How to devise a link building strategy for 2017
So how does this all affect your SEO strategy for 2017? The first thing you should do this year is to audit your backlinks. There’s a range of tools that you can use – Link Research Tools, Link Detox, Majestic, Ahrefs, Linkdex and many more. It’s time for a good clear out of any toxic links that, based on your analytics data, could be hindering your search rankings.
Next, it’s essential to re-focus your link building strategies in the right areas. Obtaining hundreds of low quality links isn’t the most effective way to grow your brand’s reach on search – and as we’ve seen, it can in fact negatively affect your rankings.
With that in mind, here’s three principles you should consider for your link building campaigns in 2017:
What do you have?
A prerequisite for gaining links from high quality sites is to have great quality content on your own site. To persuade webmasters and editors to link to you, you need to have content that’s genuinely worth linking to, and in 99% of cases, this won’t be your services or product pages.
Instead, you need to invest in high quality editorial content. What can you write that others cannot? For example, could you publish a survey on the state of your industry? New research on an important issue that matters to your customers? Or other insights that are of genuine interest to others in your industry?
Not only will investing in quality content make it much easier to persuade influencers to link to you, it also means you can begin to earn links organically, for example when other writers are researching a topic and need to cite a resource in their piece.
What can you offer?
The next principle is making sure you have some unique assets to offer to the websites you’re looking to get links from. If they’re a big editorial site with a team of content writers at their disposal, why should they publish a piece of content by you?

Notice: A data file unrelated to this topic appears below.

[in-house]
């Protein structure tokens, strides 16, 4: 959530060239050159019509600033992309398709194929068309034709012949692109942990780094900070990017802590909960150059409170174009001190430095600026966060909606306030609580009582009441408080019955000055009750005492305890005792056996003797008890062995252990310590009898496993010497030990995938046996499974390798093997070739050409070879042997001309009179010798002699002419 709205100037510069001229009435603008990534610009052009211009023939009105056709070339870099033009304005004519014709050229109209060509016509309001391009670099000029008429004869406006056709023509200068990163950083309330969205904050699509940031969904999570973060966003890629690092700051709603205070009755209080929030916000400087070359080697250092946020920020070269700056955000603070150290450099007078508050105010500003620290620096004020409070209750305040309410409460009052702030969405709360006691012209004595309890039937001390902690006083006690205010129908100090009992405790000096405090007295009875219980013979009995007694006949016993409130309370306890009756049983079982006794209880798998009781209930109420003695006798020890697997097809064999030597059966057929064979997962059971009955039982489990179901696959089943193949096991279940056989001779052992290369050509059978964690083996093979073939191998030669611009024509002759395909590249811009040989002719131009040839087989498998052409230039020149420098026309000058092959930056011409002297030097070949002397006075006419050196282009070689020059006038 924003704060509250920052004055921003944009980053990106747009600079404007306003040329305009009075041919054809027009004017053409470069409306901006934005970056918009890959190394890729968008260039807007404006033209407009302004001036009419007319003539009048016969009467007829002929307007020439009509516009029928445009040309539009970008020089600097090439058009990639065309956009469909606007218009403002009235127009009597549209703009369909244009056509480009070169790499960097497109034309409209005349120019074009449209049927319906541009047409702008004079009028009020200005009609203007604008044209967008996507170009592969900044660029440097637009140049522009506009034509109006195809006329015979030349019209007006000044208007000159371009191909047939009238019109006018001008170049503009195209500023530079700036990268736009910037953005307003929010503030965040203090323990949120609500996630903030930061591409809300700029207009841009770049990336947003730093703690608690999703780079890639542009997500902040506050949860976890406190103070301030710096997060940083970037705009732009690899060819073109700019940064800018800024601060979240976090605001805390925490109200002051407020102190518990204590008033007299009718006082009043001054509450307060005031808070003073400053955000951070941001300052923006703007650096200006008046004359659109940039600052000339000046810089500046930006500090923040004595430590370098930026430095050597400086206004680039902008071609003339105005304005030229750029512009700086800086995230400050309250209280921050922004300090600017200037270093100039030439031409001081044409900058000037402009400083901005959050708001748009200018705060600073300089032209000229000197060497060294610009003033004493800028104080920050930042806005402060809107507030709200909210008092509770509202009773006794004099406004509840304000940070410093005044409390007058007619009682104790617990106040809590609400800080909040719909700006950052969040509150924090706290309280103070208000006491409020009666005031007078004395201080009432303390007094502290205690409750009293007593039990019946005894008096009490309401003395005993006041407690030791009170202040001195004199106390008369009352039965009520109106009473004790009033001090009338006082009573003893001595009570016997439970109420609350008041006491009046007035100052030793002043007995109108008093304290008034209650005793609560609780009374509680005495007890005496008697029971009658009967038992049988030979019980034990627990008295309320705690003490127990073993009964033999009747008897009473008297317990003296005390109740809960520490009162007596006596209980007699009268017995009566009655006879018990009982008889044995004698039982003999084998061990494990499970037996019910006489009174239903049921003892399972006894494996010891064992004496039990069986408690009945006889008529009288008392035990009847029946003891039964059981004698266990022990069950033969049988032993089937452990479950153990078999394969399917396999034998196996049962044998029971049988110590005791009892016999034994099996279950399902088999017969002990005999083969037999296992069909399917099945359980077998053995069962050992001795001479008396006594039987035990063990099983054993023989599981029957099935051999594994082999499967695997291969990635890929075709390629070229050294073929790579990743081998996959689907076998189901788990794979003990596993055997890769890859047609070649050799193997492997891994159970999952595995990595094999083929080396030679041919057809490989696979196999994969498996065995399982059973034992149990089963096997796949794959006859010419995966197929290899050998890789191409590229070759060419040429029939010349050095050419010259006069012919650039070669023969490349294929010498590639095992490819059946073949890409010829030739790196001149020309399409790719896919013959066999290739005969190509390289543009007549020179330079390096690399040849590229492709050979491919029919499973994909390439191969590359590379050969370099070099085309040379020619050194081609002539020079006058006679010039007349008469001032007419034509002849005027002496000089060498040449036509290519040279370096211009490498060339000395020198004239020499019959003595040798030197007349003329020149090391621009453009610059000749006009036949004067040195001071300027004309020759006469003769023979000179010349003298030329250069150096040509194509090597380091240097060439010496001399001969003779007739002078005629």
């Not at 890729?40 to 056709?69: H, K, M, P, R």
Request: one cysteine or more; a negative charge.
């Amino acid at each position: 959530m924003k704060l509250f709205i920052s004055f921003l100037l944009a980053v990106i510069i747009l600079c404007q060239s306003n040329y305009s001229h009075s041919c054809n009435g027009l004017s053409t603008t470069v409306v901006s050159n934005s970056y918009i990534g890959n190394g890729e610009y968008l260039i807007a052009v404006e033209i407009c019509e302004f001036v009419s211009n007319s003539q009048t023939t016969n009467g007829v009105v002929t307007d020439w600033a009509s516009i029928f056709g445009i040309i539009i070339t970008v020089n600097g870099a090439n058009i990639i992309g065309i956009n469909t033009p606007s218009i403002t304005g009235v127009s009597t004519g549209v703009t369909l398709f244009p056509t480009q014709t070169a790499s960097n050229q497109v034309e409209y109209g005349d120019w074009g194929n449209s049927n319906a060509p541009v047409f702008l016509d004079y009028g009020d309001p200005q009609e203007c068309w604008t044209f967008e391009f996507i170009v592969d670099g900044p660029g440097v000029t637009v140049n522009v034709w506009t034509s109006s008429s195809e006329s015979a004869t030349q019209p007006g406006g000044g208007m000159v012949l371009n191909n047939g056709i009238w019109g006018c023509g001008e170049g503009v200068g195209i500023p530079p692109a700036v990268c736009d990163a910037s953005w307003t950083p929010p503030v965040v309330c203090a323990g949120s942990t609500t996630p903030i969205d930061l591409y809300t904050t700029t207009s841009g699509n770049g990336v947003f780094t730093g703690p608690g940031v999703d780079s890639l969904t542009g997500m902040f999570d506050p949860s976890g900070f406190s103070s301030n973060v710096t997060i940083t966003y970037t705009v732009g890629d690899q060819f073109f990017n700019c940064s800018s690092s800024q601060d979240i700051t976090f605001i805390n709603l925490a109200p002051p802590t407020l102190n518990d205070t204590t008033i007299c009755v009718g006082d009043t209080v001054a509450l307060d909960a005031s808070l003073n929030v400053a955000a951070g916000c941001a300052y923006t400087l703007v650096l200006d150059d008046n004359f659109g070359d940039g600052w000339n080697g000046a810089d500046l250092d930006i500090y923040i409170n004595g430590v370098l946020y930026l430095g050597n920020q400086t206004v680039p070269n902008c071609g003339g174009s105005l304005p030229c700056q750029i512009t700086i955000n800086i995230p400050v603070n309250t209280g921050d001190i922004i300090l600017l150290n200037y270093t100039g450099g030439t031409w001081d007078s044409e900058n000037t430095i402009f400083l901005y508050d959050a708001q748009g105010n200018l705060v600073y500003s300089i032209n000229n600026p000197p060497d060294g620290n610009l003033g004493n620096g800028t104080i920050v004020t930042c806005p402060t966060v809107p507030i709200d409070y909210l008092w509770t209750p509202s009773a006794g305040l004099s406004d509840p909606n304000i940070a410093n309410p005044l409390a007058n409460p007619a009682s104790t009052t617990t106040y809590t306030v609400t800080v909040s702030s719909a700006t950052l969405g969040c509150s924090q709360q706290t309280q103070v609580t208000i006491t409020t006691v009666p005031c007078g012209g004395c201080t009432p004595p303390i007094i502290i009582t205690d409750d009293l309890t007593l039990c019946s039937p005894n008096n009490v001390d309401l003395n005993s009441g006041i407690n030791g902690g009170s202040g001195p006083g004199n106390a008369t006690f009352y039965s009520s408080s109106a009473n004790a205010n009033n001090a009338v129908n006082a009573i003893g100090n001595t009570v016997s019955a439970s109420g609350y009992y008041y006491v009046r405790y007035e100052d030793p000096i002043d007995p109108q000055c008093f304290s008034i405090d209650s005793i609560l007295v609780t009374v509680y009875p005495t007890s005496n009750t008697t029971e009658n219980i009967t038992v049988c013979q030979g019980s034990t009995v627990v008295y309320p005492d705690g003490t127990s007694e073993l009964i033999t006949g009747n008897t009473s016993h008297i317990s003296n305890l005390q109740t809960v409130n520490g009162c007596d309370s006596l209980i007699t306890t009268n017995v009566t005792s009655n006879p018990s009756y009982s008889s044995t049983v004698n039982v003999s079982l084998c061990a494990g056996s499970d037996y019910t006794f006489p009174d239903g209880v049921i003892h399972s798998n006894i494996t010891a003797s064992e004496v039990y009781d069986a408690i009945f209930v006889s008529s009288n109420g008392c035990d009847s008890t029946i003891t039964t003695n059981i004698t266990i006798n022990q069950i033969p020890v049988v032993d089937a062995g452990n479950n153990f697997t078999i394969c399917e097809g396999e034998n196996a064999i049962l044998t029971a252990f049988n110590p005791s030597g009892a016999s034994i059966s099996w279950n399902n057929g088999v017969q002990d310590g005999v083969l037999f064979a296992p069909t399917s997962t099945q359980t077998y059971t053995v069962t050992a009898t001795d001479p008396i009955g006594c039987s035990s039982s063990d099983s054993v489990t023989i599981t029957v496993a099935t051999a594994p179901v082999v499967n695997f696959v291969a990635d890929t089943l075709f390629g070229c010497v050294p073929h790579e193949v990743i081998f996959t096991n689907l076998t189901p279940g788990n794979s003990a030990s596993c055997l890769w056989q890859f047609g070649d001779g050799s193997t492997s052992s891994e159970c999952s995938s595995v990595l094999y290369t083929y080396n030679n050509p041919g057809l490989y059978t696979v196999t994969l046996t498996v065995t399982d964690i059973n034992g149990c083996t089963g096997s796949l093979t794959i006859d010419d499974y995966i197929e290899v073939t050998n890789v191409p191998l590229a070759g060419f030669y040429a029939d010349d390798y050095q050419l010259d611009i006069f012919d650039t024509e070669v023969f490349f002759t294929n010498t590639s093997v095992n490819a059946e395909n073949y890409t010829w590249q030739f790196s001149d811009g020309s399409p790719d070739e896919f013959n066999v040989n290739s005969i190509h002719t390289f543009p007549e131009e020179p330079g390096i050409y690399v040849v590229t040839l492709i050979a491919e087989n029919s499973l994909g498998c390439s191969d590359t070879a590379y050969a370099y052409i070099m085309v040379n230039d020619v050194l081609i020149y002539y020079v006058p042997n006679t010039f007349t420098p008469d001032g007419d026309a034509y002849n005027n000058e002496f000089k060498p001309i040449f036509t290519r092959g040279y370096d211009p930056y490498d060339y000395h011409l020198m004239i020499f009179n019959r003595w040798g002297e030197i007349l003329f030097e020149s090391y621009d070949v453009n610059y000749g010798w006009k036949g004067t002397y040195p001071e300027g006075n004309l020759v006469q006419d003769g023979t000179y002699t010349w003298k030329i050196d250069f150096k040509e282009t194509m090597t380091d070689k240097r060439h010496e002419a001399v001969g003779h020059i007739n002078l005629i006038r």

To be successful, your content needs a USP – what can you bring to the table that their internal team cannot? For example, could you provide some exclusive research that makes a great news story? Could you give them an expert opinion or comment on the state of your market? Or do you have respected individuals in your organisation, such as a high-profile CEO or founder, whose by-line would add value to a guest article on a leading editorial site?
And how can you do it?
Finally, think about how your outreach is conducted. Getting a link from a respected editorial site can be a long drawn out process, so be prepared to put in the groundwork to build a relationship with editors. You may not get a link from their site straight off the bat, but putting in the effort to check in every so often and get back in touch with new stories until there’s a fit is worth it. It all pays off in the end!
Ensure the people working on your link building team have a great approach to outreach emails. Rather than sending out a non-personalised template email, ensure each is tailored to the editor you want to reach, which can only be done through thorough research. Editors of leading sites get countless emails per day – how can yours stand out amongst the noise?
Make it your new year’s resolution to ensure your site’s backlinks are in order, and to assess whether your link building and outreach strategy cuts the mustard. Need some help in planning an outreach campaign that works for your industry? Why not get in touch!